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Uterus transplantation for fertility preservation in patients with gynecologic cancer
  1. Pernilla Dahm-Kähler1,
  2. Niclas Kvarnström2,
  3. Emilia Alfonzo Rodriguez1,
  4. Ulrika Skogsberg Dahlgren2 and
  5. Mats Brännström1
  1. 1 Department of Obstetrics and Gynecology, Sahlgrenska Academy, Gothenburg, Sweden
  2. 2 Department of Transplantation, Sahlgrenska Academy, Goteborg, Sweden
  1. Correspondence to Dr Pernilla Dahm-Kähler, Department of Obstetrics and Gynecology, Sahlgrenska Academy, 413 45 Gothenburg, Sweden; pernilla.dahm-kahler{at}vgregion.se

Abstract

Cervical and endometrial cancer may impact women interested in future fertility in approximately 5–25% of cases. The recommended treatment for patients with early stage disease is hysterectomy and/or radiation leading to infertility. This is referred to as absolute uterine factor infertility. Such infertility was considered untreatable until 2014, when the first child was born after uterus transplantation. Thereafter, multiple births have been reported, mainly from women with Mayer-Rokitansky-Küster-Hauser syndrome, with congenital uterine absence, although also from a patient with iatrogenic uterine factor infertility caused by radical hysterectomy secondary to an early stage cervical cancer 7 years before uterus transplantation. A live birth after uterus transplantation may be considered promising for many who may not otherwise have this option.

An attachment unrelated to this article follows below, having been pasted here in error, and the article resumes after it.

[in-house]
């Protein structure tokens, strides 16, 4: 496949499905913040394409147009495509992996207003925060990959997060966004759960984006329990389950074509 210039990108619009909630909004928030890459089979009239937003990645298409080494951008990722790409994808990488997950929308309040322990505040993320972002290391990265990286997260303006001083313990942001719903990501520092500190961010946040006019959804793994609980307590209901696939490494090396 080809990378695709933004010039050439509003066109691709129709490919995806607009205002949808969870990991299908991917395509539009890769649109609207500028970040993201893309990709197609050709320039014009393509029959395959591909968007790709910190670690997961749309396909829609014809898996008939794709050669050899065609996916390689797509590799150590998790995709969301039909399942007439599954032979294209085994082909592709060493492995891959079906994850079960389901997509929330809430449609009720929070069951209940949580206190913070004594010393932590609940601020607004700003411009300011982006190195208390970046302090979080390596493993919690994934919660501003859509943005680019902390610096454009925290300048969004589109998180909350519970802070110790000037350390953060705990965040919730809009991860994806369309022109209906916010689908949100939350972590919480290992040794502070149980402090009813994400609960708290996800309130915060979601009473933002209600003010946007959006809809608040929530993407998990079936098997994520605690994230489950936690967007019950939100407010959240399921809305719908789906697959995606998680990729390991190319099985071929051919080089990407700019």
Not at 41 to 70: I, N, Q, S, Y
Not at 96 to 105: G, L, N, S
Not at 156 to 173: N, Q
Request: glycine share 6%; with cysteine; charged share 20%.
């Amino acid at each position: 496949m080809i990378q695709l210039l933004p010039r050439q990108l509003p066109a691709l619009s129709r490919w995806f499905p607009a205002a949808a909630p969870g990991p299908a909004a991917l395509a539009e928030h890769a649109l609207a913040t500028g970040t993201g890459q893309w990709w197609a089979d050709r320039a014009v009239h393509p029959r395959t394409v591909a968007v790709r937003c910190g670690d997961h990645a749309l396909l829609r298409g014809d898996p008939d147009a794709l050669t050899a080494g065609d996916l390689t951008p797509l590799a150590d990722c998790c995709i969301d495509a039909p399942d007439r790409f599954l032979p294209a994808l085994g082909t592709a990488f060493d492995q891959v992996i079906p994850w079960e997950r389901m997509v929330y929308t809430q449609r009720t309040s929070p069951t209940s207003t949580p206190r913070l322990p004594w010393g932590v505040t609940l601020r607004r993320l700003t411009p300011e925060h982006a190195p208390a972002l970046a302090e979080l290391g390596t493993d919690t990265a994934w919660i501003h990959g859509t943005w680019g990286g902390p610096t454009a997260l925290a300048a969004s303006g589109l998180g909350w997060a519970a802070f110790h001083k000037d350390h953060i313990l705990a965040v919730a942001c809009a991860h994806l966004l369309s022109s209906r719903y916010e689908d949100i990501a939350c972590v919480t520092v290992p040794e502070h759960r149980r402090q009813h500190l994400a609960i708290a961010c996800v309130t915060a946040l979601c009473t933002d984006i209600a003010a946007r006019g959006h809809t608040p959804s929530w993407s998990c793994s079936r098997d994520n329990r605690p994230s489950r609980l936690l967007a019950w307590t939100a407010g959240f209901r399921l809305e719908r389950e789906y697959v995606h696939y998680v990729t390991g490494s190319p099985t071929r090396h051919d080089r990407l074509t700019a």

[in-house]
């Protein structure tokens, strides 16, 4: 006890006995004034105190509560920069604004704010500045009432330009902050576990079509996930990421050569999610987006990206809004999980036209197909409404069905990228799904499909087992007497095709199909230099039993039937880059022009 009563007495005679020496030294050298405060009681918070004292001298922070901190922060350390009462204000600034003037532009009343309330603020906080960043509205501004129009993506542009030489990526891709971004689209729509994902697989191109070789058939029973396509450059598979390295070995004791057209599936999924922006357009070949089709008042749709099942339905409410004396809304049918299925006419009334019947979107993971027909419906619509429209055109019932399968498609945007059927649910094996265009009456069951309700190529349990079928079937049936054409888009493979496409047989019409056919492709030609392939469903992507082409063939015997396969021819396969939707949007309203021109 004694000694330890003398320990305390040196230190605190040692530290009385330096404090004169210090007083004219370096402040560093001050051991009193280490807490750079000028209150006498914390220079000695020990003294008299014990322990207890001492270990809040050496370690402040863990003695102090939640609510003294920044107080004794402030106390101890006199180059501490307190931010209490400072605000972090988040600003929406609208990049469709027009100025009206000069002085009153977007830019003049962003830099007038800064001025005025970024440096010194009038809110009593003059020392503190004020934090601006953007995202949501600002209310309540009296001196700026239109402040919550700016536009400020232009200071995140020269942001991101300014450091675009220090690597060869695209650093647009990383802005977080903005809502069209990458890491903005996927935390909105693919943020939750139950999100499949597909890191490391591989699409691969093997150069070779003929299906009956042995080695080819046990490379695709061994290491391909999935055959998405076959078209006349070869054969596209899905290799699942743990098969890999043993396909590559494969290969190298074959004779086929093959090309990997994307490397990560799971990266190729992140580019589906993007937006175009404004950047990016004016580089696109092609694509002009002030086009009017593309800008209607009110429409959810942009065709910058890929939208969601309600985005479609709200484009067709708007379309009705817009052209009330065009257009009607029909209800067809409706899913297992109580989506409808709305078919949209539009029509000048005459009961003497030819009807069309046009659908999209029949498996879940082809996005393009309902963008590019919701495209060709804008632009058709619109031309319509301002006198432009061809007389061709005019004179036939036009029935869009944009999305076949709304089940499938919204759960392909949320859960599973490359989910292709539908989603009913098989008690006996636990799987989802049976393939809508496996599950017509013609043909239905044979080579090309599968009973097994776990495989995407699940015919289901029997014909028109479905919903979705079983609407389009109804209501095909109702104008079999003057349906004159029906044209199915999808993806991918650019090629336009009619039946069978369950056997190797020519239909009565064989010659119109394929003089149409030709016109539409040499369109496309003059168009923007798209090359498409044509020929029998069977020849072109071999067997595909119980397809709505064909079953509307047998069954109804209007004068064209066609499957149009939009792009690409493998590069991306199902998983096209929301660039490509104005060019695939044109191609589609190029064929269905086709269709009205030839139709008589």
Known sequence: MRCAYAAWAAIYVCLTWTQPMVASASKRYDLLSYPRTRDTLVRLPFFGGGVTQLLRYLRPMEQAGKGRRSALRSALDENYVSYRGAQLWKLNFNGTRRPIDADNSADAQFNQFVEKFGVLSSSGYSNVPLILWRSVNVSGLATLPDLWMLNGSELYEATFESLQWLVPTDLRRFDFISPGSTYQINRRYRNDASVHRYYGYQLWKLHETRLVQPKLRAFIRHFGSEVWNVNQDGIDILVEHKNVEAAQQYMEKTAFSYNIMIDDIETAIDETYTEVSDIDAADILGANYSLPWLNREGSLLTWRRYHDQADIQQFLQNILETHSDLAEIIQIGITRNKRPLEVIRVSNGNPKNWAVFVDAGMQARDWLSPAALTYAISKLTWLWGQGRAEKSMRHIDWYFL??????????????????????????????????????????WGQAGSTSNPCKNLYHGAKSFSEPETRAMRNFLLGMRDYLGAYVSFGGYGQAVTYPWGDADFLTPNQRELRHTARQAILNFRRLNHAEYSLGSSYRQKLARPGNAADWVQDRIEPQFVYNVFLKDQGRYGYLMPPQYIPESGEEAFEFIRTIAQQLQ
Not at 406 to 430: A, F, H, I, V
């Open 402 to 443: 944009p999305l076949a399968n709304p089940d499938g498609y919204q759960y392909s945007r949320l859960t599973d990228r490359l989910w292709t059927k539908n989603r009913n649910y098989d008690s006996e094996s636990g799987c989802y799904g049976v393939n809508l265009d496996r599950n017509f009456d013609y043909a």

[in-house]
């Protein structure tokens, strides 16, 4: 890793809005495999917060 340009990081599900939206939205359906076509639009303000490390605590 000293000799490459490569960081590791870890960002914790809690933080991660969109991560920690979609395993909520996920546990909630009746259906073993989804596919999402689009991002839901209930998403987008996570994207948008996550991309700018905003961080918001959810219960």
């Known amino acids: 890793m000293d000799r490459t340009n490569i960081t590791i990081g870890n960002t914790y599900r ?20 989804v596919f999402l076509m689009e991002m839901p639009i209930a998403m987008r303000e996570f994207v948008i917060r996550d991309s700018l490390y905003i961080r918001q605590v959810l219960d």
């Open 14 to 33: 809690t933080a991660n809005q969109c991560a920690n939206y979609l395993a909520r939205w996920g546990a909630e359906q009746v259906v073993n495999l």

Uterus transplantation is a complex process including careful patient selection in both recipients and donors, in vitro fertilization, and complex surgery in the organ procurement procedure including harvesting the vessel pedicles with the thin-walled veins. Thereafter, the transplantation surgery with anastomosis to ensure optimal blood inflow and outflow of the transplanted organ. Knowledge regarding immunosuppression and pregnancy is essential. Lastly there is the hysterectomy component as the uterus must be removed. Multidisciplinary teams working closely are essential to achieve successful uterus transplantation and, ultimately, delivery of a healthy child. Both the living and deceased donor concept may be considered and we address both the advantages and disadvantages. This review summarizes the animal research thus far published on uterus transplantation, the suggested recipient selections including former gynecologic cancer patients, the living and deceased donor uterus transplantation concepts with reported results, and updated fertility outcomes.

  • gynecologic surgical procedures
  • surgical procedures
  • operative
  • hysterectomy
  • cervical cancer
  • uterine cancer

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Footnotes

  • Twitter @pdahmkahler

  • Contributors PD-K: conception and design, writing and reviewing the article. MB: writing the article and contribution to the concept and design, and reviewing the article. NK: writing and reviewing the article. EAR: writing and reviewing the article. USD: writing and reviewing the article.

  • Funding This study was funded by Cancerfonden (CAN2017/594).

  • Competing interests None declared.

  • Patient consent for publication Not required.

  • Provenance and peer review Commissioned; externally peer reviewed.

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